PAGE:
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WHAT YOU NEED TO KNOW:
An acoustic neuroma (AN) is a slow growing tumor that forms on the nerves of your ear. The nerves help control your balance and hearing. ANs normally only occur on one side.
WHILE YOU ARE HERE:
is a legal document that explains the tests, treatments, or procedures that you may need. Informed consent means you understand what will be done and can make decisions about what you want. You give your permission when you sign the consent form. You can have someone sign this form for you if you are not able to sign it. You have the right to understand your medical care in words you know. Before you sign the consent form, understand the risks and benefits of what will be done. Make sure all your questions are answered.
is a small tube placed in your vein that is used to give you medicine or liquids.
- Antibiotics: Antibiotics prevent or fight an infection caused by bacteria. You may need antibiotic medicine before, during, and after treatment.
- Pain medicine: Caregivers may give you medicine to take away or decrease your pain.
- Do not wait until the pain is severe to ask for your medicine. Tell caregivers if your pain does not decrease. The medicine may not work as well at controlling your pain if you wait too long to take it.
- Pain medicine can make you dizzy or sleepy. Prevent falls by calling a caregiver when you want to get out of bed or if you need help.
- Steroids: This medicine may be given to decrease inflammation.
- Audiometry testing: This hearing test checks how sensitive your ears are to sounds at different volumes. The hearing tests may include pure-tone audiometry and speech discrimination tests. These tests may check your type of hearing loss, and how much hearing you have lost. You may need audiometry testing before and after your treatment. Ask your healthcare provider for more information about audiometry testing.
- Electronystagmography: This is a test done to check if the tumor is on your vestibular nerve before treatment.
- CT scan: A special x-ray machine uses a computer to take pictures of your brain. The scan may show if your acoustic neuroma is pressing on any brain tissue or nerves. A CT scan also may be needed to help your healthcare provider plan your treatment. You may be given dye to help healthcare providers see the pictures better. People who are allergic to iodine or shellfish (lobster, crab, or shrimp) may be allergic to some dyes. Tell the healthcare provider if you are allergic to shellfish, or have other allergies or medical conditions.
- MRI: Pictures are taken of your brain and to help your healthcare provider plan your treatment. You will need to lie still during an MRI. Never enter the MRI room with any metal objects. This can cause serious injury. Tell your healthcare provider if you have any metal implants in your body.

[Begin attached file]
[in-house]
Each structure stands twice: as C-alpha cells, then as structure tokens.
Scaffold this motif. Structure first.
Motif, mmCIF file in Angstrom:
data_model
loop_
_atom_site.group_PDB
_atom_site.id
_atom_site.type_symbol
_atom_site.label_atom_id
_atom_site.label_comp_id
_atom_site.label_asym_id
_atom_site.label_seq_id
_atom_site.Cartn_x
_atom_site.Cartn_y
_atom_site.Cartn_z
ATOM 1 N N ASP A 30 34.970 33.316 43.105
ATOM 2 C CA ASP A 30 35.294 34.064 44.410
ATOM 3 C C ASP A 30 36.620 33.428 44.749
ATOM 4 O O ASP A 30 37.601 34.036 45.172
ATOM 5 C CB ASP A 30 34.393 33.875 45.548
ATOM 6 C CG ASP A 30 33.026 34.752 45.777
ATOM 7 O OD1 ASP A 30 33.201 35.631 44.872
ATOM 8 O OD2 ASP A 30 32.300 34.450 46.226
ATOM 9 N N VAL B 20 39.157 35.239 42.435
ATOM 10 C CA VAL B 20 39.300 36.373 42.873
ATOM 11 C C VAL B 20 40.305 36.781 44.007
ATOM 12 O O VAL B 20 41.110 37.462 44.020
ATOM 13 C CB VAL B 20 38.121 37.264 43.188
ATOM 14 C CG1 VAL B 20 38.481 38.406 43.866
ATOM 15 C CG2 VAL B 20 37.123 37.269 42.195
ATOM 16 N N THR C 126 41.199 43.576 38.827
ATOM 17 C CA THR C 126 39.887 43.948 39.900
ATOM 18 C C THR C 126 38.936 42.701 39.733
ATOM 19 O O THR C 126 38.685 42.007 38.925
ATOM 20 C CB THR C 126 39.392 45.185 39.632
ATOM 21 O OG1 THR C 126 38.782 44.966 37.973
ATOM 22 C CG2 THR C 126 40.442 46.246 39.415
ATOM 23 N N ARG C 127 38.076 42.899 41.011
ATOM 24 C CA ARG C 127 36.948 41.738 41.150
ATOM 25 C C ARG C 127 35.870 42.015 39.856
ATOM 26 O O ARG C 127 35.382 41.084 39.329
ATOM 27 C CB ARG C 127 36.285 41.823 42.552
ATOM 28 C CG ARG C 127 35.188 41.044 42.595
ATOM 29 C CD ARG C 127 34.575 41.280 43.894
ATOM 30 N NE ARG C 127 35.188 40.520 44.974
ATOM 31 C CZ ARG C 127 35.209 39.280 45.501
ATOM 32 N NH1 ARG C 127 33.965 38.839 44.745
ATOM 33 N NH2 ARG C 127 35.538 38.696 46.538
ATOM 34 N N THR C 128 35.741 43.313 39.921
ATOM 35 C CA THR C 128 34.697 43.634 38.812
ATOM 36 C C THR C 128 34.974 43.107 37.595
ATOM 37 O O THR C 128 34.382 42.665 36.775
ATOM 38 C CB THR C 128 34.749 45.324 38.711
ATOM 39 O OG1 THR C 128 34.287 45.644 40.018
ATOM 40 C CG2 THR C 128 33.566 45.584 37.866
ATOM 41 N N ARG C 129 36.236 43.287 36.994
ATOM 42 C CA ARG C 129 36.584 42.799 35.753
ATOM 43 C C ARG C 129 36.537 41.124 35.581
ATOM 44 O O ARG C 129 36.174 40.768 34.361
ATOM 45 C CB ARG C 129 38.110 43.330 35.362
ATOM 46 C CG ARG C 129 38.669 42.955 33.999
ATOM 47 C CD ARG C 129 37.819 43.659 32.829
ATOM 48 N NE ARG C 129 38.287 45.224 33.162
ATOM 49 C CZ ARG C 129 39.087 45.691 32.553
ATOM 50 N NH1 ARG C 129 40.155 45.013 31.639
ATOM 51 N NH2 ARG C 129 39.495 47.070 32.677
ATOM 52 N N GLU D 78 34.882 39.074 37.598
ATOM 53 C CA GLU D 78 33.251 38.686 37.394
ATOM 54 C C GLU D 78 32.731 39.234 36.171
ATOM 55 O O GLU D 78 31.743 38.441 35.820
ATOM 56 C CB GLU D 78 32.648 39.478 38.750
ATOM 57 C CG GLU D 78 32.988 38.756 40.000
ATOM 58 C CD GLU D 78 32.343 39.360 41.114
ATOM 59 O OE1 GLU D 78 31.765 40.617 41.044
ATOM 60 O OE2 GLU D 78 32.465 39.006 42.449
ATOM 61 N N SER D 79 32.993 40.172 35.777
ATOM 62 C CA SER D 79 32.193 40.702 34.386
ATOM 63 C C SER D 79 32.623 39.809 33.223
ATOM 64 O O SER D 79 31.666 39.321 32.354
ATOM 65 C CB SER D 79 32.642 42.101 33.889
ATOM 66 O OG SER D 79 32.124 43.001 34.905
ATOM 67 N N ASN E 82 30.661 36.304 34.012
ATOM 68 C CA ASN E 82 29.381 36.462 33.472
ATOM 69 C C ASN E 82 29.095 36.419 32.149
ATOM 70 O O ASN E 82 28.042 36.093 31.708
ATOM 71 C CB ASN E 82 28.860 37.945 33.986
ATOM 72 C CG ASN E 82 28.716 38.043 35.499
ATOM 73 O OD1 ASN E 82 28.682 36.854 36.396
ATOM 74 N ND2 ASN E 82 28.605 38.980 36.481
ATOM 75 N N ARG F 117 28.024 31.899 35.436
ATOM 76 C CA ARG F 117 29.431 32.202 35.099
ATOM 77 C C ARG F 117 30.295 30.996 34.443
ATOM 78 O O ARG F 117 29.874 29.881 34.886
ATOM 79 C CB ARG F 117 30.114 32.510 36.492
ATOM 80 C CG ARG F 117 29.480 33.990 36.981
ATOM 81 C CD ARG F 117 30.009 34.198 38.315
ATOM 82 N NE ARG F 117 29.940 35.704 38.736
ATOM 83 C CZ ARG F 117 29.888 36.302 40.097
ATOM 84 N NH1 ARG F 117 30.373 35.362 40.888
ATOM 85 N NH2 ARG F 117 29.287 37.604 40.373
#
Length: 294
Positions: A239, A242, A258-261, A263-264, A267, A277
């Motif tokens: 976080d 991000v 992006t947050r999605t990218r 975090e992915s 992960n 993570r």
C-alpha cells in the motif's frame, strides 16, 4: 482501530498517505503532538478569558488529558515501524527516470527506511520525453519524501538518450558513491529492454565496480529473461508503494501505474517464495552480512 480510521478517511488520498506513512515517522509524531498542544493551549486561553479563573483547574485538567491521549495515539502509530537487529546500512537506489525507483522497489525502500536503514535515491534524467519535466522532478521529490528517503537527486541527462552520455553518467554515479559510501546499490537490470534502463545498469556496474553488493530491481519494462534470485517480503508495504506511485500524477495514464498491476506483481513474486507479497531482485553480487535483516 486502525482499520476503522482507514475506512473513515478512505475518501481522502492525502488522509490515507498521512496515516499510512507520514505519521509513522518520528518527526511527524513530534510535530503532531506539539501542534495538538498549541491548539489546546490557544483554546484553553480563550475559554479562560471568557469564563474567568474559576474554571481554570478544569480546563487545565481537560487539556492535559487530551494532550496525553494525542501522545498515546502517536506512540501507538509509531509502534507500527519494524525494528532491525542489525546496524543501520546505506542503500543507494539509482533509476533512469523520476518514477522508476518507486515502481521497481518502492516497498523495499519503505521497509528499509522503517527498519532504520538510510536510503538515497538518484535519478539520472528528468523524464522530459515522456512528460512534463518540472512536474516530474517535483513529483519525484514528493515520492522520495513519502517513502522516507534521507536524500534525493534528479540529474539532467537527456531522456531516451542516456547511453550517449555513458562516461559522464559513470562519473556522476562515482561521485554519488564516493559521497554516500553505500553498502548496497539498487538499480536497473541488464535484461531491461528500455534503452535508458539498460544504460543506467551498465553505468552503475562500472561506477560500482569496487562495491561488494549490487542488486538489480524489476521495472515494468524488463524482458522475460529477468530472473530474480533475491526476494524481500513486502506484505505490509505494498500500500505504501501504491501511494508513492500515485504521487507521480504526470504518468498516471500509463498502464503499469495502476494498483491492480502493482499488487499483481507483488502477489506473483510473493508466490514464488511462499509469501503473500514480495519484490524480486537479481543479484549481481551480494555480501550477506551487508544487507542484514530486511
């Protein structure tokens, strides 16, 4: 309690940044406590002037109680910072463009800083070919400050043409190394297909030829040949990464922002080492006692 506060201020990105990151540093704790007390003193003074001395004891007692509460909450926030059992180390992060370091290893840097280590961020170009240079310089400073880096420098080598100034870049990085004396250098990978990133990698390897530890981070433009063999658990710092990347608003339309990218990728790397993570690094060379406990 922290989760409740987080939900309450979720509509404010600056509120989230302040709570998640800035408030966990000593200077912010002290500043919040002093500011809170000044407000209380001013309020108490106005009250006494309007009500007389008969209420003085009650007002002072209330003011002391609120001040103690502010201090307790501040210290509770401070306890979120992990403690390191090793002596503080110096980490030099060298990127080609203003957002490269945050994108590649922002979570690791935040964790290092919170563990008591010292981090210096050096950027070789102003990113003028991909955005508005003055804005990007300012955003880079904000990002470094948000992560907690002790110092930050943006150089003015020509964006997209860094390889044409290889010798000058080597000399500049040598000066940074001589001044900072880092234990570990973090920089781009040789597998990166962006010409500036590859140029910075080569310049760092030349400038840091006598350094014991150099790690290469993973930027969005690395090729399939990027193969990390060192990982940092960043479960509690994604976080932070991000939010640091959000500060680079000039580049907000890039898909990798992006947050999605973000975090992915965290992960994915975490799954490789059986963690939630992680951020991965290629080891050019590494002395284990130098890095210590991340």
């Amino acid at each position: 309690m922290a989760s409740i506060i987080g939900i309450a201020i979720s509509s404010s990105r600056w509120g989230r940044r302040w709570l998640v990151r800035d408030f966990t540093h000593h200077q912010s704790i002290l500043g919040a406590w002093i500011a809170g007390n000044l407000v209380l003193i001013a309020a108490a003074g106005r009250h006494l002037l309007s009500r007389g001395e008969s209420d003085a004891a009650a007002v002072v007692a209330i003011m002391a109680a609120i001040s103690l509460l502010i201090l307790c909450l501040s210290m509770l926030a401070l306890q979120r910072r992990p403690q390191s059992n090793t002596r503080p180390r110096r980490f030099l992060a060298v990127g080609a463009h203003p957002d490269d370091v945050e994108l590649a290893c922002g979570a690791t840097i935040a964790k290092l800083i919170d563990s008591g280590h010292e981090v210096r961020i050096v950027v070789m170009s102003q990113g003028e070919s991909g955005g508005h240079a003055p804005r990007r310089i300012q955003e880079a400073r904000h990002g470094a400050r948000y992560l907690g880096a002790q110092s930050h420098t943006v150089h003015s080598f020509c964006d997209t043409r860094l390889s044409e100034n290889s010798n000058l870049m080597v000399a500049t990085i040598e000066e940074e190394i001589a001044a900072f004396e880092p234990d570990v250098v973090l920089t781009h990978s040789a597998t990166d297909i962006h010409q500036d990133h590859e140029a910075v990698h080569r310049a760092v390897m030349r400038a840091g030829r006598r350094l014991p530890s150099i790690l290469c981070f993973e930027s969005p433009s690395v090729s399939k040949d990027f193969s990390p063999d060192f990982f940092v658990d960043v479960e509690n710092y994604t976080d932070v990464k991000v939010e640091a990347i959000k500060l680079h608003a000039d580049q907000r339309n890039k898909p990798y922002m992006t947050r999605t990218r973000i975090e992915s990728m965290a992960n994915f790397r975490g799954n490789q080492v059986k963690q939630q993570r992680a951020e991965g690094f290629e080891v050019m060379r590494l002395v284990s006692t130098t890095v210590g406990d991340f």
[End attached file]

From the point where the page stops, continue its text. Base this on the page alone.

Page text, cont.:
- Radiation: You may need radiation to shrink or destroy your tumor. Radiation is commonly done for small to medium sized tumors. Radiosurgery is a single treatment that directs high doses of radiation at the tumor to destroy it. You may also have radiation therapy where the dose of radiation is divided into many treatments.
- Surgery: Surgery may be needed if your tumor is large or pressing against your brain tissues. There are 3 different surgeries that can be done to remove your tumor. The surgery you have done will depend on the size and location of your tumor. Your level of hearing loss will also help decide which surgery is best for you. Radiation therapy may be done after your surgery to destroy any remaining tumor cells. Ask your healthcare provider for more information about the surgeries done to remove an acoustic neuroma.
- Your symptoms may get worse even with treatment. Radiation treatments may cause your brain to bleed or swell. Surgery may cause bleeding, pain, or a scar. Fluid from your brain may leak out of your surgery site or from your nose. You may get an infection at the surgery site, or in your brain. Your AN may not go away completely or may return.
- Without treatment, your tumor may continue to grow and damage your nerves and other areas of your brain. The tumor may press against nerves and cause facial numbness, weakness, or twitching. You may lose your hearing, ability to keep your balance, or ability to walk. The tumor may grow and cause fluid to build up around your brain. Your tumor may press against areas of your brain, and you may have a stroke. This can be life-threatening.
CARE AGREEMENT:You have the right to help plan your care. Learn about your health condition and how it may be treated. Discuss treatment options with your caregivers to decide what care you want to receive. You always have the right to refuse treatment.
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The above information is an educational aid only. It is not intended as medical advice for individual conditions or treatments. Talk to your doctor, nurse or pharmacist before following any medical regimen to see if it is safe and effective for you.